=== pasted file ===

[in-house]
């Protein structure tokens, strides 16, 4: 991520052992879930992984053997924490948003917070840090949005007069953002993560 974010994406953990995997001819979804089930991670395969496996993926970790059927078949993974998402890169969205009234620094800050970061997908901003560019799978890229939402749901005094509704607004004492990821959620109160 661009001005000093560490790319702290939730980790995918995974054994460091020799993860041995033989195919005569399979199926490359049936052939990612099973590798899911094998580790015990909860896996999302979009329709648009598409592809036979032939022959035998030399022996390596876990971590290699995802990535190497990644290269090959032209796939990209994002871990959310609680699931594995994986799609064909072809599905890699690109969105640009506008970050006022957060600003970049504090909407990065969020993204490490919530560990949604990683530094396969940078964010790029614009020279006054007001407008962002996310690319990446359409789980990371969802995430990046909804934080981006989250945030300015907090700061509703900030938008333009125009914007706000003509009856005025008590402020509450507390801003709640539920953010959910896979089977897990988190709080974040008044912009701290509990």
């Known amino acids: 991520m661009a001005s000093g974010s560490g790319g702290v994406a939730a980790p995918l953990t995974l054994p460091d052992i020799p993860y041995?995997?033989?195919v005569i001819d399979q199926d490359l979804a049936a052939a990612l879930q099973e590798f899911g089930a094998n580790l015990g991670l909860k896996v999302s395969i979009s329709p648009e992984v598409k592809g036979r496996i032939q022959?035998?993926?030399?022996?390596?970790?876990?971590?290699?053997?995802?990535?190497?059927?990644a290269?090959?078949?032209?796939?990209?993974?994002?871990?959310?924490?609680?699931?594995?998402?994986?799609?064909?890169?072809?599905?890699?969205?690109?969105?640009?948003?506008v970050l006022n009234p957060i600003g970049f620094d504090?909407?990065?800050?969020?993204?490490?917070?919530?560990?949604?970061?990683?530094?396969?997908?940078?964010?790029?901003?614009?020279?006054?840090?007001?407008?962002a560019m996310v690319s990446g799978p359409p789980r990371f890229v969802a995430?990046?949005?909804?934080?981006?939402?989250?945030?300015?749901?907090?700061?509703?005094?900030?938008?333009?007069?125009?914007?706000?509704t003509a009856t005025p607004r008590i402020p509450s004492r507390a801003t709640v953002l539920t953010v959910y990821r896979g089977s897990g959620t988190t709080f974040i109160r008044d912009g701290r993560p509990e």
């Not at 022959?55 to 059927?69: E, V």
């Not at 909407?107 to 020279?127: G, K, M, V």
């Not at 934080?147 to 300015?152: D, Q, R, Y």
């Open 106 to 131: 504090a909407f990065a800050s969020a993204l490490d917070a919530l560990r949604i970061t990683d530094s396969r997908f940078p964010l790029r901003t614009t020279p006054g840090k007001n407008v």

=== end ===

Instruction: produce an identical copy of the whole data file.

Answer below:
[in-house]
């Protein structure tokens, strides 16, 4: 991520052992879930992984053997924490948003917070840090949005007069953002993560 974010994406953990995997001819979804089930991670395969496996993926970790059927078949993974998402890169969205009234620094800050970061997908901003560019799978890229939402749901005094509704607004004492990821959620109160 661009001005000093560490790319702290939730980790995918995974054994460091020799993860041995033989195919005569399979199926490359049936052939990612099973590798899911094998580790015990909860896996999302979009329709648009598409592809036979032939022959035998030399022996390596876990971590290699995802990535190497990644290269090959032209796939990209994002871990959310609680699931594995994986799609064909072809599905890699690109969105640009506008970050006022957060600003970049504090909407990065969020993204490490919530560990949604990683530094396969940078964010790029614009020279006054007001407008962002996310690319990446359409789980990371969802995430990046909804934080981006989250945030300015907090700061509703900030938008333009125009914007706000003509009856005025008590402020509450507390801003709640539920953010959910896979089977897990988190709080974040008044912009701290509990």
């Known amino acids: 991520m661009a001005s000093g974010s560490g790319g702290v994406a939730a980790p995918l953990t995974l054994p460091d052992i020799p993860y041995?995997?033989?195919v005569i001819d399979q199926d490359l979804a049936a052939a990612l879930q099973e590798f899911g089930a094998n580790l015990g991670l909860k896996v999302s395969i979009s329709p648009e992984v598409k592809g036979r496996i032939q022959?035998?993926?030399?022996?390596?970790?876990?971590?290699?053997?995802?990535?190497?059927?990644a290269?090959?078949?032209?796939?990209?993974?994002?871990?959310?924490?609680?699931?594995?998402?994986?799609?064909?890169?072809?599905?890699?969205?690109?969105?640009?948003?506008v970050l006022n009234p957060i600003g970049f620094d504090?909407?990065?800050?969020?993204?490490?917070?919530?560990?949604?970061?990683?530094?396969?997908?940078?964010?790029?901003?614009?020279?006054?840090?007001?407008?962002a560019m996310v690319s990446g799978p359409p789980r990371f890229v969802a995430?990046?949005?909804?934080?981006?939402?989250?945030?300015?749901?907090?700061?509703?005094?900030?938008?333009?007069?125009?914007?706000?509704t003509a009856t005025p607004r008590i402020p509450s004492r507390a801003t709640v953002l539920t953010v959910y990821r896979g089977s897990g959620t988190t709080f974040i109160r008044d912009g701290r993560p509990e």
């Not at 022959?55 to 059927?69: E, V």
């Not at 909407?107 to 020279?127: G, K, M, V």
């Not at 934080?147 to 300015?152: D, Q, R, Y």
């Open 106 to 131: 504090a909407f990065a800050s969020a993204l490490d917070a919530l560990r949604i970061t990683d530094s396969r997908f940078p964010l790029r901003t614009t020279p006054g840090k007001n407008v």